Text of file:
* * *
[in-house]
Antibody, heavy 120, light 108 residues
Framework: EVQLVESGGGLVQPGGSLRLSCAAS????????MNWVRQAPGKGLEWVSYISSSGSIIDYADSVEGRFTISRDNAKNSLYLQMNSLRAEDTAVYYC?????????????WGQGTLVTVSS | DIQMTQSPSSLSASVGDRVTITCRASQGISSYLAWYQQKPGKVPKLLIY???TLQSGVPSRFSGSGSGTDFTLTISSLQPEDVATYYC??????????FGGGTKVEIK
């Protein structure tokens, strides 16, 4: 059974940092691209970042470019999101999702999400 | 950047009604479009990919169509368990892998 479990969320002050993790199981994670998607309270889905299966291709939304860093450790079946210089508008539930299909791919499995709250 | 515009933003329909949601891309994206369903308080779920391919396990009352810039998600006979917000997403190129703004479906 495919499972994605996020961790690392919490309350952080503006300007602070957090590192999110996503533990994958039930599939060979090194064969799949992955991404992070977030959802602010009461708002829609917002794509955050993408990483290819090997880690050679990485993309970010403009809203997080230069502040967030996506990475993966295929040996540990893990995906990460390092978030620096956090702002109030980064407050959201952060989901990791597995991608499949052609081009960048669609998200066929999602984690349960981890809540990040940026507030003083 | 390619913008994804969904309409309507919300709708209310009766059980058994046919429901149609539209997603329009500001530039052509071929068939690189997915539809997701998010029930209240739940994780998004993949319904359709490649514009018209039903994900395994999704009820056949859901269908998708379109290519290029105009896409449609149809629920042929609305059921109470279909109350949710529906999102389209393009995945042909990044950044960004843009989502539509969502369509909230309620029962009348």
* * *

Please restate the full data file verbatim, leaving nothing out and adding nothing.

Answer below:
[in-house]
Antibody, heavy 120, light 108 residues
Framework: EVQLVESGGGLVQPGGSLRLSCAAS????????MNWVRQAPGKGLEWVSYISSSGSIIDYADSVEGRFTISRDNAKNSLYLQMNSLRAEDTAVYYC?????????????WGQGTLVTVSS | DIQMTQSPSSLSASVGDRVTITCRASQGISSYLAWYQQKPGKVPKLLIY???TLQSGVPSRFSGSGSGTDFTLTISSLQPEDVATYYC??????????FGGGTKVEIK
């Protein structure tokens, strides 16, 4: 059974940092691209970042470019999101999702999400 | 950047009604479009990919169509368990892998 479990969320002050993790199981994670998607309270889905299966291709939304860093450790079946210089508008539930299909791919499995709250 | 515009933003329909949601891309994206369903308080779920391919396990009352810039998600006979917000997403190129703004479906 495919499972994605996020961790690392919490309350952080503006300007602070957090590192999110996503533990994958039930599939060979090194064969799949992955991404992070977030959802602010009461708002829609917002794509955050993408990483290819090997880690050679990485993309970010403009809203997080230069502040967030996506990475993966295929040996540990893990995906990460390092978030620096956090702002109030980064407050959201952060989901990791597995991608499949052609081009960048669609998200066929999602984690349960981890809540990040940026507030003083 | 390619913008994804969904309409309507919300709708209310009766059980058994046919429901149609539209997603329009500001530039052509071929068939690189997915539809997701998010029930209240739940994780998004993949319904359709490649514009018209039903994900395994999704009820056949859901269908998708379109290519290029105009896409449609149809629920042929609305059921109470279909109350949710529906999102389209393009995945042909990044950044960004843009989502539509969502369509909230309620029962009348």